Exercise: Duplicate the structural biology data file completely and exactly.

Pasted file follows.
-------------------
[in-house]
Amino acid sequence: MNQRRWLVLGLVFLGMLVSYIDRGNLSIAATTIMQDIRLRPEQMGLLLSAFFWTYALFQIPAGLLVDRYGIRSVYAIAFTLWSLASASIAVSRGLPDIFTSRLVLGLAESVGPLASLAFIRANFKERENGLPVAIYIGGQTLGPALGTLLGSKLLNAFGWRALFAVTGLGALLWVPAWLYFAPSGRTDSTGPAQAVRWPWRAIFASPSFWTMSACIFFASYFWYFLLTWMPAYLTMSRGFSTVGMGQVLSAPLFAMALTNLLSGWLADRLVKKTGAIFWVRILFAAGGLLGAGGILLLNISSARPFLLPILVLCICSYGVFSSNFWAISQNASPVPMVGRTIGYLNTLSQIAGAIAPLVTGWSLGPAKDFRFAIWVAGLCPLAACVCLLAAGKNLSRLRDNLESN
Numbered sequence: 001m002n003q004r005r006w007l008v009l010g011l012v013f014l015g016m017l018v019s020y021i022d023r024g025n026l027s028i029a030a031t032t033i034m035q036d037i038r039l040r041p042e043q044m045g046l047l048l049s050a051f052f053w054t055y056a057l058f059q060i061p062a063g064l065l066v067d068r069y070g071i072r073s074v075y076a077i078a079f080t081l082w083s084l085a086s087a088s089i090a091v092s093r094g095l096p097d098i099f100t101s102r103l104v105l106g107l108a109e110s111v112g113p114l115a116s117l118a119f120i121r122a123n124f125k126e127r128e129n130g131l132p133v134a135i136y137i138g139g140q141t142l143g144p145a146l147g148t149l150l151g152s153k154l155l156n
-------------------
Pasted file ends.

[in-house]
Amino acid sequence: MNQRRWLVLGLVFLGMLVSYIDRGNLSIAATTIMQDIRLRPEQMGLLLSAFFWTYALFQIPAGLLVDRYGIRSVYAIAFTLWSLASASIAVSRGLPDIFTSRLVLGLAESVGPLASLAFIRANFKERENGLPVAIYIGGQTLGPALGTLLGSKLLNAFGWRALFAVTGLGALLWVPAWLYFAPSGRTDSTGPAQAVRWPWRAIFASPSFWTMSACIFFASYFWYFLLTWMPAYLTMSRGFSTVGMGQVLSAPLFAMALTNLLSGWLADRLVKKTGAIFWVRILFAAGGLLGAGGILLLNISSARPFLLPILVLCICSYGVFSSNFWAISQNASPVPMVGRTIGYLNTLSQIAGAIAPLVTGWSLGPAKDFRFAIWVAGLCPLAACVCLLAAGKNLSRLRDNLESN
Numbered sequence: 001m002n003q004r005r006w007l008v009l010g011l012v013f014l015g016m017l018v019s020y021i022d023r024g025n026l027s028i029a030a031t032t033i034m035q036d037i038r039l040r041p042e043q044m045g046l047l048l049s050a051f052f053w054t055y056a057l058f059q060i061p062a063g064l065l066v067d068r069y070g071i072r073s074v075y076a077i078a079f080t081l082w083s084l085a086s087a088s089i090a091v092s093r094g095l096p097d098i099f100t101s102r103l104v105l106g107l108a109e110s111v112g113p114l115a116s117l118a119f120i121r122a123n124f125k126e127r128e129n130g131l132p133v134a135i136y137i138g139g140q141t142l143g144p145a146l147g148t149l150l151g152s153k154l155l156n